#playyourpart

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  1. Play your part

Play your part

Children are our most valuable and vulnerable Queenslanders.
We all have a part to play in keeping them safe.

Here's how you can play your part

  1. Start a conversation.

    When you see someone you know struggling with parenting, it’s normal to be a little worried about starting a conversation.

    Simple things like organising a playdate or chatting to your friend or colleague might be the start to getting them the help they need. Suggesting other people they can talk to, like a family member, GP or other professional support, can be valuable for someone doing it tough.

    The Talking Families website and Facebook page offer a range of handy tips and information for both families and friends wanting to help.

  2. Offer a family practical support.

    Find help in your local community – face-to-face, over the phone or via text or email. Local services in your community, such as playgroups, community centres, health clinics and support groups, offer services and support. oneplace, an online community services directory, is a great place to start.

    Parentline is a free, confidential telephone counselling service for parents or primary caregivers. Call 1300 301 300, 8am to 10pm, 7 days a week.

    Online help and information is available, such as Triple P – Positive Parenting Program, a free online parenting program to help learn new parenting skills.

    Parents can find reliable information and resources to help them in the day-to-day work of raising children and looking after their own needs on the Raising Children website.

    Family and Child Connect helps families who need more support by connecting them to the right services at the right time. Families can call 13 FAMILY (13 32 64) or visit the website to find help in their local area.

  3. Get involved in your local community.

    Child protection is everyone’s business, and we need all Queenslanders to care for and pay attention to the children and young people in our lives and communities.

    Organisations such as Aunties and Uncles Queensland and the Pyjama Foundation link you with children for mentoring and friendship. Volunteering Queensland also offers opportunities to help out children and young people in your community.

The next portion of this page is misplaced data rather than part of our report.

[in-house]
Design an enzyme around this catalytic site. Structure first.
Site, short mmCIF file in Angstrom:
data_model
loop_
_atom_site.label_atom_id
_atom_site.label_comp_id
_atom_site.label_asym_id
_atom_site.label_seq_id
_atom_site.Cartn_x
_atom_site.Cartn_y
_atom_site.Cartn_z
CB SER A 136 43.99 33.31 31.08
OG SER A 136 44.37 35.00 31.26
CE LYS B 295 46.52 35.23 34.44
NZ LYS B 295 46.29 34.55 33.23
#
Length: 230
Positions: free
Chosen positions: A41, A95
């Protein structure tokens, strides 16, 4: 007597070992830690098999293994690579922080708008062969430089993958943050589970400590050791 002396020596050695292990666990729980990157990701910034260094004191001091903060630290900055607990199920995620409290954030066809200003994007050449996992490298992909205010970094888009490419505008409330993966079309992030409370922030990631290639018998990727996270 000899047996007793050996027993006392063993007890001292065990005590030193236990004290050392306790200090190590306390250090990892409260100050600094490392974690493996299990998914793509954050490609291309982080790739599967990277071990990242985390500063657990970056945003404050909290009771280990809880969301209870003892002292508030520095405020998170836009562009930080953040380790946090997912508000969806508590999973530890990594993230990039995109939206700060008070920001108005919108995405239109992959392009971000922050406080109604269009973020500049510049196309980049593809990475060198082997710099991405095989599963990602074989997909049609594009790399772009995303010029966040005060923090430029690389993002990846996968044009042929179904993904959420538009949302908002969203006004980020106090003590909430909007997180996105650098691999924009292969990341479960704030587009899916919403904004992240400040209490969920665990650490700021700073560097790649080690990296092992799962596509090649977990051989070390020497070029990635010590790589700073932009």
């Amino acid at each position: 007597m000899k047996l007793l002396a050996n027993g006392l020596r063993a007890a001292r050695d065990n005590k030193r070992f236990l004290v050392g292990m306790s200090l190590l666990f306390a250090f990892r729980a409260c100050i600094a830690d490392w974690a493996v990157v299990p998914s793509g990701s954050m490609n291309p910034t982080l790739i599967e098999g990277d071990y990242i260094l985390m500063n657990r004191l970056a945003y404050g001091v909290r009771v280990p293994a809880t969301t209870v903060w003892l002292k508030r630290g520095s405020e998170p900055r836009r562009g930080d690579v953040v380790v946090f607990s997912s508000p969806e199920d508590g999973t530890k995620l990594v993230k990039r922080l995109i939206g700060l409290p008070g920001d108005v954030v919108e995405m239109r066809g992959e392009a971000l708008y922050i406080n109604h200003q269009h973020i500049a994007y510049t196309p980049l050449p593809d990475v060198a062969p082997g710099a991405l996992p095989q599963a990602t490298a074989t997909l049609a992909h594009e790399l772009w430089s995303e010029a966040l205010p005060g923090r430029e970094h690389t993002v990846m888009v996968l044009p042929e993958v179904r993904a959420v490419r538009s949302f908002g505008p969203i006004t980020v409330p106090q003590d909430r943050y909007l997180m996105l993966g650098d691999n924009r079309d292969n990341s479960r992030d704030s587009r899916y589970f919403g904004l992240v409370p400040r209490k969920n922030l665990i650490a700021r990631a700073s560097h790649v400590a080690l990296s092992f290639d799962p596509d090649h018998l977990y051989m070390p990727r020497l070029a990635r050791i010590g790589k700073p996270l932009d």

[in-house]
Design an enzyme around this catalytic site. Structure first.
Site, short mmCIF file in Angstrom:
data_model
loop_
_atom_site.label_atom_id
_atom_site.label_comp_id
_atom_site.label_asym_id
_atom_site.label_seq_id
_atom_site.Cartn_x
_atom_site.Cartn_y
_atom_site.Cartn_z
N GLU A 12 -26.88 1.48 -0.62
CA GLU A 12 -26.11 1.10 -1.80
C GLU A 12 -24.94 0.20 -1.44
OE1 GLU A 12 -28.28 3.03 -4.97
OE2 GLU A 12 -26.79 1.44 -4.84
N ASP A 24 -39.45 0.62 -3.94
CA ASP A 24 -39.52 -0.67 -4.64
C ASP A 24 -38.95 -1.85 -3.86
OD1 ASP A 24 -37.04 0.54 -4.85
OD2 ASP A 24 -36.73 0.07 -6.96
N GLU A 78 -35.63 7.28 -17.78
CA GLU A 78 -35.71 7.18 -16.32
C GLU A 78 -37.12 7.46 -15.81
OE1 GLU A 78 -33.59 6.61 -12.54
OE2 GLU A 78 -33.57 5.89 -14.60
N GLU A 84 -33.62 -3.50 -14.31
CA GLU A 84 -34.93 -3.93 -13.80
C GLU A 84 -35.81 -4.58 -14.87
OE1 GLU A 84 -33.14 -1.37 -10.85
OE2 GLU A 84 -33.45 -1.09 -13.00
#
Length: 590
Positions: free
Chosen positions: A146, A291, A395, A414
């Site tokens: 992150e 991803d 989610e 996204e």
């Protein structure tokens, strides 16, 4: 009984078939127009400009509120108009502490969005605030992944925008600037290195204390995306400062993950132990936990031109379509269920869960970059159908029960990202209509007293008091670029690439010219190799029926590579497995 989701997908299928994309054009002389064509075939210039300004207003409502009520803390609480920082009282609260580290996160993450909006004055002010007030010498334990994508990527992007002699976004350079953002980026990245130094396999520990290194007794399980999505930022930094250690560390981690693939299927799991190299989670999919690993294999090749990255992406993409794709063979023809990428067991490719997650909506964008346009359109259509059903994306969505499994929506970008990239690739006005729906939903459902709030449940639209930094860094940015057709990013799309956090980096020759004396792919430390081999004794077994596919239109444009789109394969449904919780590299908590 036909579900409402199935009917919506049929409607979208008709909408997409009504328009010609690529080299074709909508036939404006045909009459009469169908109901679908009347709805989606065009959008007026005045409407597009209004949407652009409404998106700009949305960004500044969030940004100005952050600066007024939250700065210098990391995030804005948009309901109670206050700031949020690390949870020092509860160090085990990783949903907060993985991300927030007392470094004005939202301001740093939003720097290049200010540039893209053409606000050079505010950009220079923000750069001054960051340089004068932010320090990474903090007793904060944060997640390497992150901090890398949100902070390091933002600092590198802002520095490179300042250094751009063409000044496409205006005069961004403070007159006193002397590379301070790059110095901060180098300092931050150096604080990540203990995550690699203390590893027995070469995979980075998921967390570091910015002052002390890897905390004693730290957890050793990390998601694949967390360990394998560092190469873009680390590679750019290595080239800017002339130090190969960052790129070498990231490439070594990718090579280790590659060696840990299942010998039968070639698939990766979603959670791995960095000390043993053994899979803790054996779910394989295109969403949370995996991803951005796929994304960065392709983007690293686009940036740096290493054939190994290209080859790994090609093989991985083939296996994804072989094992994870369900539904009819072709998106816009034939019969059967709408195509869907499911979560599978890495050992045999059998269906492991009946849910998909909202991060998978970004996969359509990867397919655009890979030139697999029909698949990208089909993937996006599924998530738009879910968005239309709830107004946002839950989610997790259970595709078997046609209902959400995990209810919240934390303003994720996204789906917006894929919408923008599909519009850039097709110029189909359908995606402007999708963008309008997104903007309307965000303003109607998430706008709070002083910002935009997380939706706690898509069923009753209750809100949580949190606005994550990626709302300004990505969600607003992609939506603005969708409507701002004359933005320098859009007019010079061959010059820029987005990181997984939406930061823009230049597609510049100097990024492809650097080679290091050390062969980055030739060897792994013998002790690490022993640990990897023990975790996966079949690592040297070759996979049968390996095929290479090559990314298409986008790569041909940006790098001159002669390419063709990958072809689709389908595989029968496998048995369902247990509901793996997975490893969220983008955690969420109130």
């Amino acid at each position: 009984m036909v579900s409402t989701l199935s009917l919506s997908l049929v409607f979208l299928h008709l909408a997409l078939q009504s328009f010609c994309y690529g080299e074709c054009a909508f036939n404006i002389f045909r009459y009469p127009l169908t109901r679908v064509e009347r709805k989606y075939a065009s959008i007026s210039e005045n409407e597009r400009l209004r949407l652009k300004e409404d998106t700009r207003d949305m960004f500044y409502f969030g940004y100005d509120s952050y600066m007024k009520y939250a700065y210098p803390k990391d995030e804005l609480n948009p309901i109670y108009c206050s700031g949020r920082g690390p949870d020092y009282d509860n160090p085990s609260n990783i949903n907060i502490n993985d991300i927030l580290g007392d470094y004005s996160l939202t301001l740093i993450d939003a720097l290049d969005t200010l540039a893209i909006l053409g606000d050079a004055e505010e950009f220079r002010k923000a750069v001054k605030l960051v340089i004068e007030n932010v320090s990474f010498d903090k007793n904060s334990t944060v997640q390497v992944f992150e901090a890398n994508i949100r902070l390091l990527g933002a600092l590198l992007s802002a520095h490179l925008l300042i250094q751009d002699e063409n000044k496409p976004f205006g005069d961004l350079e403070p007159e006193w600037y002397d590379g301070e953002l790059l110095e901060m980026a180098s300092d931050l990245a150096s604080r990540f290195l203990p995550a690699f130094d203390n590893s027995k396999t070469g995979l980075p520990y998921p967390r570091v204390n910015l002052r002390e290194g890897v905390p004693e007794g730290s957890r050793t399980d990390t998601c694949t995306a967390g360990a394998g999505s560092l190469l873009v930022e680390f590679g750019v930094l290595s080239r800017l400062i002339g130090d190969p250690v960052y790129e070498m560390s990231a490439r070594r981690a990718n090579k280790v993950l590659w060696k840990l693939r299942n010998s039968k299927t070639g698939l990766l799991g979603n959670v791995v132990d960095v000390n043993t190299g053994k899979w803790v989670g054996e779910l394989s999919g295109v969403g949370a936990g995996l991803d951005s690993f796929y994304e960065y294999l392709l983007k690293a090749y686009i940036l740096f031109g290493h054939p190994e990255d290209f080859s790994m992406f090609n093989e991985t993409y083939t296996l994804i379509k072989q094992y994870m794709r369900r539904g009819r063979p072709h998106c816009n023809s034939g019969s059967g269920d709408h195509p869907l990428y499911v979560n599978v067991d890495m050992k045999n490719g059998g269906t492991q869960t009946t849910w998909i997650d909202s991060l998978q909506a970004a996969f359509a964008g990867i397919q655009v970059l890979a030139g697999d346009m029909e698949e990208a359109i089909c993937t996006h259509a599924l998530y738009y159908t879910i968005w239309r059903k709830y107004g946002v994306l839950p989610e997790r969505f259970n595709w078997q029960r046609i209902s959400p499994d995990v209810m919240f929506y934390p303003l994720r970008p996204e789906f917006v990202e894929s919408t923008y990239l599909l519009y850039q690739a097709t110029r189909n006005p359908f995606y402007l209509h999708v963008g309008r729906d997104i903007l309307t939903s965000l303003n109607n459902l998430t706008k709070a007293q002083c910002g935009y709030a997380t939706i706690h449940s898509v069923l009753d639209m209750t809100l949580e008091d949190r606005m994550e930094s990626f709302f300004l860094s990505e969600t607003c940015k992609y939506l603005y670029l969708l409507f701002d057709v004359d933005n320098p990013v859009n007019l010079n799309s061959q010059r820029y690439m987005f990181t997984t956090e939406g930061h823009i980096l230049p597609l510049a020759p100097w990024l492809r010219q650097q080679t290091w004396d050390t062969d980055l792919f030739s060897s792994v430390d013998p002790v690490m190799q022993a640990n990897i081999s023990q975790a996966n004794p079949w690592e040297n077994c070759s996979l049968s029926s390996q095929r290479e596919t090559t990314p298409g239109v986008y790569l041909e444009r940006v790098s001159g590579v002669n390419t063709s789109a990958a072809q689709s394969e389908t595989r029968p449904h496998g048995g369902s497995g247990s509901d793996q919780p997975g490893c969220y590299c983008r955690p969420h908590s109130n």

4. It starts with care. Become a foster and kinship carer.

    Foster and kinship carers are everyday people from all walks of life. If you have a place in your heart for a child who needs love and understanding, apply to become a foster carer.

    Foster carers choose the level of commitment they are able to make, taking into account their own family situation. Care options include:

    • emergency care — for a short time, at short notice and in urgent situations at any time of the day or night
    • short-term care — day-to-day care for up to two years
    • long-term care — day-to-day care until the child is 18 years of age
    • respite care — for when regular foster or kinship carers need a short break
    • intensive care — for children with complex of special needs.
  5. Report your concerns. Don’t ignore them.

    If you have reason to suspect a child is experiencing harm, or is at risk of experiencing harm, contact Child Safety.

    Always phone Triple Zero (000) if you believe a child is in immediate danger.

  6. Change a child’s life. Become a Child Safety Officer.

    Queensland needs qualified and highly motivated Child Safety Officers to work with families to keep children safe and well.

    If you want to make a real difference to improve the lives of some of Queensland's most vulnerable children, apply to become a Child Safety Officer.

    The work is both challenging and rewarding, offers a range of opportunities for career progression and there are positions availbale across the state.

See who is playing their part

Across the state individuals, groups and organisations are playing their part to keep children safe. These are their stories.

Contacts

In an emergency call the police on 000 (triple zero).